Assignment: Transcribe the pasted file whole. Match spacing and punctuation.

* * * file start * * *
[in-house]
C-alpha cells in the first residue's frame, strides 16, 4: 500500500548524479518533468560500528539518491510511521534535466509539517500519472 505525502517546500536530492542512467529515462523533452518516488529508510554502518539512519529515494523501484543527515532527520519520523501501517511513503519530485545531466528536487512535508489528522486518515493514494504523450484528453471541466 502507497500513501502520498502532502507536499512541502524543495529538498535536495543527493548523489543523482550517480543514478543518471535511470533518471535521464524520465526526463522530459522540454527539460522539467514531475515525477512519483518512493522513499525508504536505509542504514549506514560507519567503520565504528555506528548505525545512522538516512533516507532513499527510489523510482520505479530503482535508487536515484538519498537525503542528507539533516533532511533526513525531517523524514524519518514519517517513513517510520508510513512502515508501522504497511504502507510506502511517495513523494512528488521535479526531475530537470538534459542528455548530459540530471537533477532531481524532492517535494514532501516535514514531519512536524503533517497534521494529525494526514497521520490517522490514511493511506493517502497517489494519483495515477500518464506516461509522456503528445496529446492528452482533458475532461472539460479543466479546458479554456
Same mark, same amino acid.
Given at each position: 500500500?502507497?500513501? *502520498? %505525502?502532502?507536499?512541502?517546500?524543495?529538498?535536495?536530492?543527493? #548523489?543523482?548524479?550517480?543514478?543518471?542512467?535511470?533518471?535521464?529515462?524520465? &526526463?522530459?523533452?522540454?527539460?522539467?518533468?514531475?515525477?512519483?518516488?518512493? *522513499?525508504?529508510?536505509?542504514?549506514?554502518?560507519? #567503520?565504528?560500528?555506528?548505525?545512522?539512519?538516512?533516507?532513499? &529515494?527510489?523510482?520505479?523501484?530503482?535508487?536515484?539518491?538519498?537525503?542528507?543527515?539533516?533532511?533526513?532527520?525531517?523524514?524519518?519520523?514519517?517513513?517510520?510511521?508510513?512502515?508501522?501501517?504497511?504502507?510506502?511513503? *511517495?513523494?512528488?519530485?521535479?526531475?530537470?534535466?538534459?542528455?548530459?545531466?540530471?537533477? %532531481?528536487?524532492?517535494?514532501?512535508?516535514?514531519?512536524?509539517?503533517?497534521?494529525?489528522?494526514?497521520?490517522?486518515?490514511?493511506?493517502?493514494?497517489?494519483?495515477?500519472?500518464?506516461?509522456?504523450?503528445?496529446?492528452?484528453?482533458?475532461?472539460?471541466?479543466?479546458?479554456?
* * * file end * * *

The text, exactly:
[in-house]
C-alpha cells in the first residue's frame, strides 16, 4: 500500500548524479518533468560500528539518491510511521534535466509539517500519472 505525502517546500536530492542512467529515462523533452518516488529508510554502518539512519529515494523501484543527515532527520519520523501501517511513503519530485545531466528536487512535508489528522486518515493514494504523450484528453471541466 502507497500513501502520498502532502507536499512541502524543495529538498535536495543527493548523489543523482550517480543514478543518471535511470533518471535521464524520465526526463522530459522540454527539460522539467514531475515525477512519483518512493522513499525508504536505509542504514549506514560507519567503520565504528555506528548505525545512522538516512533516507532513499527510489523510482520505479530503482535508487536515484538519498537525503542528507539533516533532511533526513525531517523524514524519518514519517517513513517510520508510513512502515508501522504497511504502507510506502511517495513523494512528488521535479526531475530537470538534459542528455548530459540530471537533477532531481524532492517535494514532501516535514514531519512536524503533517497534521494529525494526514497521520490517522490514511493511506493517502497517489494519483495515477500518464506516461509522456503528445496529446492528452482533458475532461472539460479543466479546458479554456
Same mark, same amino acid.
Given at each position: 500500500?502507497?500513501? *502520498? %505525502?502532502?507536499?512541502?517546500?524543495?529538498?535536495?536530492?543527493? #548523489?543523482?548524479?550517480?543514478?543518471?542512467?535511470?533518471?535521464?529515462?524520465? &526526463?522530459?523533452?522540454?527539460?522539467?518533468?514531475?515525477?512519483?518516488?518512493? *522513499?525508504?529508510?536505509?542504514?549506514?554502518?560507519? #567503520?565504528?560500528?555506528?548505525?545512522?539512519?538516512?533516507?532513499? &529515494?527510489?523510482?520505479?523501484?530503482?535508487?536515484?539518491?538519498?537525503?542528507?543527515?539533516?533532511?533526513?532527520?525531517?523524514?524519518?519520523?514519517?517513513?517510520?510511521?508510513?512502515?508501522?501501517?504497511?504502507?510506502?511513503? *511517495?513523494?512528488?519530485?521535479?526531475?530537470?534535466?538534459?542528455?548530459?545531466?540530471?537533477? %532531481?528536487?524532492?517535494?514532501?512535508?516535514?514531519?512536524?509539517?503533517?497534521?494529525?489528522?494526514?497521520?490517522?486518515?490514511?493511506?493517502?493514494?497517489?494519483?495515477?500519472?500518464?506516461?509522456?504523450?503528445?496529446?492528452?484528453?482533458?475532461?472539460?471541466?479543466?479546458?479554456?